Third Circuit promotes diversity and inclusion and acknowledges the contributions Judge Geraldine Bledsoe Ford and the contributions of women and African Americans made to justice and our Court.

Women's History Month

March is Women's History Month.  Women's History Month is an annual declared month that highlights the contributions of women to events in history and contemporary society.  Third Circuit Court would like to profile some women in celebration of Women's History Month and International Women's Day, which was celebrated on March 8th.

Irena Sendler was a nurse in the Polish Underground in WWII Warsaw.  She helped more than 2,500 Jewish children to safety.  She had crafted false bottom ambulances and would then hide the children in baskets, coffins, and potato sacks.  She was eventually arrested, tortured, and sentenced to death.  Sendler was able to escape after she bribed guards.  After the war she lived in near-obscurity in Warsaw.  In 1999, two female students in Kansas uncovered her story.

Sarah Breedlove, also known as Madam C. J. Walker, was American's first female self-made millionaire.  She was one of the richest African American women in the U.S.  She was the first in her family that was not born into slavery.  She was orphaned at the age of seven and worked as domestic help.  She opened her own company selling her products door-to-door and teaching women how to style and take care of their own hair.  Her company employed thousands of women who sold the products door-to-door.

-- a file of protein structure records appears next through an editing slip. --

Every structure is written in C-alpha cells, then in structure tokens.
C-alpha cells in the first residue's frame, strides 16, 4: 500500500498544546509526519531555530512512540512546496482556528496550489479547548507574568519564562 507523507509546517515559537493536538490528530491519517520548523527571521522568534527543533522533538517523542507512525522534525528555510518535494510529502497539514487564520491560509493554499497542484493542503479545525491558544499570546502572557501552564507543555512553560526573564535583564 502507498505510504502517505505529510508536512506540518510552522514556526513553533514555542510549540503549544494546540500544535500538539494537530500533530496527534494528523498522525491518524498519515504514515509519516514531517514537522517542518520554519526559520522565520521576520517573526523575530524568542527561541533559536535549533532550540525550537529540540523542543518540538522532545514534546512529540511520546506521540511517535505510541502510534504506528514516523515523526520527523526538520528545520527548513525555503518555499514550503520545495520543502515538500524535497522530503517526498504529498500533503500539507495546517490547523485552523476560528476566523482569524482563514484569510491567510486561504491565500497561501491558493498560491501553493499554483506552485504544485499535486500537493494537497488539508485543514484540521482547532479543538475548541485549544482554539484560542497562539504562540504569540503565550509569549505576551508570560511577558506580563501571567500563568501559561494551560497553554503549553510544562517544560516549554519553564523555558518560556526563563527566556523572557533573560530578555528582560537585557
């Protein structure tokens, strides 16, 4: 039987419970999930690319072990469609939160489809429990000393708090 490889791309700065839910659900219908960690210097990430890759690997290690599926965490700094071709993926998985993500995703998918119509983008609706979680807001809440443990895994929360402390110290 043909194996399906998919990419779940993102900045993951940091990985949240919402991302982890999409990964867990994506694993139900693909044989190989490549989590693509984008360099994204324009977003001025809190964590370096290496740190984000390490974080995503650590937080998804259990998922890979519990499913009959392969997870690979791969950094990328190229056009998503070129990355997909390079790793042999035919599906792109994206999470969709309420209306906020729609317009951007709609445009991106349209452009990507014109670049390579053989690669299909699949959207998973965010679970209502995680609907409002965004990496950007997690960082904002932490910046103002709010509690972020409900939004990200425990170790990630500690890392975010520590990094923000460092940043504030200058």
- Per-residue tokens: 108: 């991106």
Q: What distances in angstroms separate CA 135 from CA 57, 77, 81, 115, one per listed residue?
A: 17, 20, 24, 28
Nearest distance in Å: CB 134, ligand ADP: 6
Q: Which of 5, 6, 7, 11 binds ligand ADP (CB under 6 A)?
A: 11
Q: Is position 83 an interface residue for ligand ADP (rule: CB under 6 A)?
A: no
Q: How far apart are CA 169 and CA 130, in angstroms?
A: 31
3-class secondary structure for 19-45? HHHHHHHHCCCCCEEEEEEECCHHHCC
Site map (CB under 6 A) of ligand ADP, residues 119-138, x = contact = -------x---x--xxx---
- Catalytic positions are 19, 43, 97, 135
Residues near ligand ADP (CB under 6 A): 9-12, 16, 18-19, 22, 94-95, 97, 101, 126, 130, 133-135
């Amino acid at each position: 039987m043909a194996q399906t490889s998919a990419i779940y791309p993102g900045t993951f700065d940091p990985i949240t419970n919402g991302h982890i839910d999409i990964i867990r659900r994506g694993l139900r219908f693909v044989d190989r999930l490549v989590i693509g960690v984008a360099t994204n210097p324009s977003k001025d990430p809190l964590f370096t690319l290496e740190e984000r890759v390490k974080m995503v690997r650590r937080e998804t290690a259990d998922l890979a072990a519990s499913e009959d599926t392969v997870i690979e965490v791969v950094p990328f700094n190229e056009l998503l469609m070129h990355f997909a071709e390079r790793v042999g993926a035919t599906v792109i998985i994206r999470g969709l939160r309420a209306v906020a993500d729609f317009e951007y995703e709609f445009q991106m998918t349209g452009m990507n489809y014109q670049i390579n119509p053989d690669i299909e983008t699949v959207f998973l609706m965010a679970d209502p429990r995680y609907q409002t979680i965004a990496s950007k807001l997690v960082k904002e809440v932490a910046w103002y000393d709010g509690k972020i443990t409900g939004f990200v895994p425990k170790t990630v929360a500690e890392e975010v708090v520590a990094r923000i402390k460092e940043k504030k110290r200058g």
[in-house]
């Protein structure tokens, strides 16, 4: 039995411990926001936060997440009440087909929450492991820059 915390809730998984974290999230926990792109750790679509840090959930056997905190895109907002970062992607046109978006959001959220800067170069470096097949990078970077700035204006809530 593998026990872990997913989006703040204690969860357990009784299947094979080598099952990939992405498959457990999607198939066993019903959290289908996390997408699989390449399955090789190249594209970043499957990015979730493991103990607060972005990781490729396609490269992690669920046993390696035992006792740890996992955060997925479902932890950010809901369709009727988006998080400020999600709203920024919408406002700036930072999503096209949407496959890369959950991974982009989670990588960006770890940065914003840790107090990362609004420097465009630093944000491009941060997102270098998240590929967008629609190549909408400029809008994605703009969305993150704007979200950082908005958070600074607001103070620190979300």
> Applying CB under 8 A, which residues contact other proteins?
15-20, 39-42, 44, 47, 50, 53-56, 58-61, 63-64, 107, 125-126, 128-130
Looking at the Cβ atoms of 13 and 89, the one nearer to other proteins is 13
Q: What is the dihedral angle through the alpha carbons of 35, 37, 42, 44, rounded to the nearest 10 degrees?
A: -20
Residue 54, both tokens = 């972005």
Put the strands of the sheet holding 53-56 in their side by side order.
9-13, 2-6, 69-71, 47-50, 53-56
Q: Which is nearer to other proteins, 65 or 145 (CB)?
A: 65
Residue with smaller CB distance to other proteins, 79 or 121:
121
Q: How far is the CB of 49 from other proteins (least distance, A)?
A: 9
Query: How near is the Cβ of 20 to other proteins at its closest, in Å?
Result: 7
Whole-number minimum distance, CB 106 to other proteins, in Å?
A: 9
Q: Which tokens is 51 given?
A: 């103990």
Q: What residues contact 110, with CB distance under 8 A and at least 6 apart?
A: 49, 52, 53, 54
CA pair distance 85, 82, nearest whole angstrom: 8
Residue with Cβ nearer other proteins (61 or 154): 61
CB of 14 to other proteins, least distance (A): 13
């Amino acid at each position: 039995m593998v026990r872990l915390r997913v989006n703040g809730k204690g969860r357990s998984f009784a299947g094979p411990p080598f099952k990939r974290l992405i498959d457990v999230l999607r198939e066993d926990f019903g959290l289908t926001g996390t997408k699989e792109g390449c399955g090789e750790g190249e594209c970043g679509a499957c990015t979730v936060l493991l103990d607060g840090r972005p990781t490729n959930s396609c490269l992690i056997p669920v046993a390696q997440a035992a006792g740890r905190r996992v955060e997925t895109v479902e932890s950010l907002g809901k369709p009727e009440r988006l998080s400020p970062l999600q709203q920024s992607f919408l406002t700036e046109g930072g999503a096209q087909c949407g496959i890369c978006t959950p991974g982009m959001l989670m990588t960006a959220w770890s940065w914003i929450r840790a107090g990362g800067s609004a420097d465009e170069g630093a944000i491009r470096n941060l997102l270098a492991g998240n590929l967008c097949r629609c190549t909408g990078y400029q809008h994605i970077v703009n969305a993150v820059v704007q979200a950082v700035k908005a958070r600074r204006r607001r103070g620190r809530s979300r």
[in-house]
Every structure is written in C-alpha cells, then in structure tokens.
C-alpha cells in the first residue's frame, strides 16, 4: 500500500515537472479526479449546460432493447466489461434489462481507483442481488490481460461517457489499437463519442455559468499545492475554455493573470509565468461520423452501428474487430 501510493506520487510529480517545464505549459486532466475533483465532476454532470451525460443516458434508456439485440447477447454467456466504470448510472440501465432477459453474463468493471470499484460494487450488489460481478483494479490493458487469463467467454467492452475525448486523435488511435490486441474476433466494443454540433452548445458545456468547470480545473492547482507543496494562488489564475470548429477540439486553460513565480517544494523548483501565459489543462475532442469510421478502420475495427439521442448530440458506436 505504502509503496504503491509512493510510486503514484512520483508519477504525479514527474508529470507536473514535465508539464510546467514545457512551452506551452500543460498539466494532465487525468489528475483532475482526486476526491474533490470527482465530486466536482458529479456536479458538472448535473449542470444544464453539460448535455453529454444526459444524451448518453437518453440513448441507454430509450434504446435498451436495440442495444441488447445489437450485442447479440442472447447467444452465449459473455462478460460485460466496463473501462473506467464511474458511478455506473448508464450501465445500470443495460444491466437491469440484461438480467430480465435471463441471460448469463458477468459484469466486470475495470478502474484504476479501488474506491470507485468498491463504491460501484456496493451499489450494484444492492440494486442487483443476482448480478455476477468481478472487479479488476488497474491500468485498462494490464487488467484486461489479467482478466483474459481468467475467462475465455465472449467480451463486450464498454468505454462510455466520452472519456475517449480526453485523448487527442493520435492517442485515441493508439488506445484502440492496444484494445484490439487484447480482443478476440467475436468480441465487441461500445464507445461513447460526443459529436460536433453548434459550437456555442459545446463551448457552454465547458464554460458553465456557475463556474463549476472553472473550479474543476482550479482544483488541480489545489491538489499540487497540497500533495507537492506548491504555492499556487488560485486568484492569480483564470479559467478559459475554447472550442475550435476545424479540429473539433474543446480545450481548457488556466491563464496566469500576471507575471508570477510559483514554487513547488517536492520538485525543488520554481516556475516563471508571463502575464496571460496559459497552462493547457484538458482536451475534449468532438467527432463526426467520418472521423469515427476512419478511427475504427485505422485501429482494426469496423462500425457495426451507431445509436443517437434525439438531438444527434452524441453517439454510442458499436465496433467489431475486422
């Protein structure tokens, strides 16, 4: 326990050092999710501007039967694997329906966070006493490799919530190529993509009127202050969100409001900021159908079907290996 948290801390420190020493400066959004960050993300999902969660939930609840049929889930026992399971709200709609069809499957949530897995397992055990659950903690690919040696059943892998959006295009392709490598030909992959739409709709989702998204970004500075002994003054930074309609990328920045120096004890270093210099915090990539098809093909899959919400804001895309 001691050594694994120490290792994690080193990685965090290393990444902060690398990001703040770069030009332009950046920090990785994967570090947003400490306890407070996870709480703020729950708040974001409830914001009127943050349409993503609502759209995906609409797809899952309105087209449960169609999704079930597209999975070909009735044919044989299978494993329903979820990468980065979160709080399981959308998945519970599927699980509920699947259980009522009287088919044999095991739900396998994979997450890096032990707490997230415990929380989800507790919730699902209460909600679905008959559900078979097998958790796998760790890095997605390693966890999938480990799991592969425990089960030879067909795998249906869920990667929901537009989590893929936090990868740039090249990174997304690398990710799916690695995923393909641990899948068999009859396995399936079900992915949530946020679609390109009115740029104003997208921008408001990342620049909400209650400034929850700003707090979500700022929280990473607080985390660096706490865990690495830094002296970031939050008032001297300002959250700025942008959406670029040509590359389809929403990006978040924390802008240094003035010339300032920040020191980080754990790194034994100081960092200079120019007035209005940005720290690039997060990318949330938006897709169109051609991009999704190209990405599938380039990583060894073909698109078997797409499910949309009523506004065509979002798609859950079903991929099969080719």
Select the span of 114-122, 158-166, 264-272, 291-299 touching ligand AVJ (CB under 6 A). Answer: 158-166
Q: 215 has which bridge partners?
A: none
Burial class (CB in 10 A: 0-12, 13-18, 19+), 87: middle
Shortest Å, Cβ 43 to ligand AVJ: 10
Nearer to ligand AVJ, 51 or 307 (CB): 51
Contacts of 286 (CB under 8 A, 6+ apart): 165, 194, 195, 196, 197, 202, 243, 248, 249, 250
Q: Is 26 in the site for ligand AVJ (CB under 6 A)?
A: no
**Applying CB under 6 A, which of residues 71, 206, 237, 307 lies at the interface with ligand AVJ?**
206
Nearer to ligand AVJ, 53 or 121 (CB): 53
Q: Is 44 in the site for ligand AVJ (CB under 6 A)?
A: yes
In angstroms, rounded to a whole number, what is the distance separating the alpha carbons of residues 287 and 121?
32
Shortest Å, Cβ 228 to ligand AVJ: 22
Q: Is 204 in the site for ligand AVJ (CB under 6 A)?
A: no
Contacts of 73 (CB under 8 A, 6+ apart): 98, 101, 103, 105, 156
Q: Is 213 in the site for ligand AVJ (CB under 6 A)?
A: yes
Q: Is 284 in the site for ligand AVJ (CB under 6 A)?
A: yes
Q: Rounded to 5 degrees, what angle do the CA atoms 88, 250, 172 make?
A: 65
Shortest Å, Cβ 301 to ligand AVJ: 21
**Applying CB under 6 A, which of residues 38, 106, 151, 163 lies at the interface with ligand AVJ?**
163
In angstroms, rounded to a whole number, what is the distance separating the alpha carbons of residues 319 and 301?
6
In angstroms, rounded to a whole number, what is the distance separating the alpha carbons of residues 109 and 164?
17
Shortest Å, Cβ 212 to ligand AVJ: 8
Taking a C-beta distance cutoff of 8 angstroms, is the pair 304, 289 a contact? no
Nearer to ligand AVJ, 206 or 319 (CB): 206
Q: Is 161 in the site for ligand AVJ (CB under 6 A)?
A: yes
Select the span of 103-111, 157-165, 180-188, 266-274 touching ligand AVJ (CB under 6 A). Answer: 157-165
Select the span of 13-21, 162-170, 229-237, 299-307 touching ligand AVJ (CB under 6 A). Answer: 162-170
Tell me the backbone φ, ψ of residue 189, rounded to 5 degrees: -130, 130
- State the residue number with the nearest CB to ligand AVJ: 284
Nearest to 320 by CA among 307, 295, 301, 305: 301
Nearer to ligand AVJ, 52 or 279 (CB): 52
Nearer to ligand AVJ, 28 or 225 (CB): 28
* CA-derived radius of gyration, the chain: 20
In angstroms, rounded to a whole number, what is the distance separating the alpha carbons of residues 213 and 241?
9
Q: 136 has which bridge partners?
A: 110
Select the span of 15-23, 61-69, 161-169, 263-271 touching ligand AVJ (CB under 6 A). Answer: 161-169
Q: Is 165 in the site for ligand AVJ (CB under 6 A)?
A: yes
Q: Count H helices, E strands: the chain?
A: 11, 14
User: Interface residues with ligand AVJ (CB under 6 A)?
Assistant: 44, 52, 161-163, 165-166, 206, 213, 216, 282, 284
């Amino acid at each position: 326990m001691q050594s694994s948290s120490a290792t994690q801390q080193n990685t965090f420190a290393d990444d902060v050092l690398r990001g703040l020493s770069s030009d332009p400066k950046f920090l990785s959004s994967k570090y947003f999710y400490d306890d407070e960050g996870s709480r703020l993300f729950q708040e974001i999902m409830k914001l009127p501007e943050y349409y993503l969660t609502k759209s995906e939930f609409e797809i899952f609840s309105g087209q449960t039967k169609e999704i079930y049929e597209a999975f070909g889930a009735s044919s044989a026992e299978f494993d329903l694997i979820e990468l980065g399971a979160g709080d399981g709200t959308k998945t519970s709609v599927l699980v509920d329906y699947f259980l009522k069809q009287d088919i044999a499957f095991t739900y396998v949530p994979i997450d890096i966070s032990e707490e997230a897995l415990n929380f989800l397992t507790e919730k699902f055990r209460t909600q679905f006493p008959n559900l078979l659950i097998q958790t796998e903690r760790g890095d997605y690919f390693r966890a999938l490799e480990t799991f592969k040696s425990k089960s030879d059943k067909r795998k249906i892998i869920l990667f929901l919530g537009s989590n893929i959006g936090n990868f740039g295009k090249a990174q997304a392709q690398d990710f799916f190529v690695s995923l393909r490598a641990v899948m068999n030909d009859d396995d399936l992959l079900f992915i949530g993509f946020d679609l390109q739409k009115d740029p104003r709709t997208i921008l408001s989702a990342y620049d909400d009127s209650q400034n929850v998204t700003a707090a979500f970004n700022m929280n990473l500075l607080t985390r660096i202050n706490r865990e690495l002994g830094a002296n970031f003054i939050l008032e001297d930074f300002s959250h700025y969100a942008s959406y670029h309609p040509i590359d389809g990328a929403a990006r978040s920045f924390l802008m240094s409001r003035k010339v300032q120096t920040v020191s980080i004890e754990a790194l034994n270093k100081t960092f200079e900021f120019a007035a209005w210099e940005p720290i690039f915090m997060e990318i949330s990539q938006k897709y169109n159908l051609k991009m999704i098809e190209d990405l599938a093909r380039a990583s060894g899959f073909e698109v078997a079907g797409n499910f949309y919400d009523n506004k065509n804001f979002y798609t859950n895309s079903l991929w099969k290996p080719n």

The "Damsels of Design" at General Motors.  In the mid-fifties, a group of women industrial designers were hired by General Motors to work on popular car brands.  The core group consisted of six women: Ruth Glennie, Suzanne Vanderbilt, Marjorie Ford Pohlman, Peggy Sauer, Sandra Longyear, and Jeanette Linder.  They were spread among four popular GM car brands.  These women are credited for inventing the following: glove boxes, center storage consoles, retractable seat belts, lighted sunshade mirrors, and childproof door locks.


Third Circuit Court employees and their friends and family enjoyed the Detroit Pistons vs. Milwaukee Buck game on February 20th at Little Caesars Arena.
RoseTrinity Consulting, LLC., 535 Griswold Street, #111-240, Detroit, MI 48226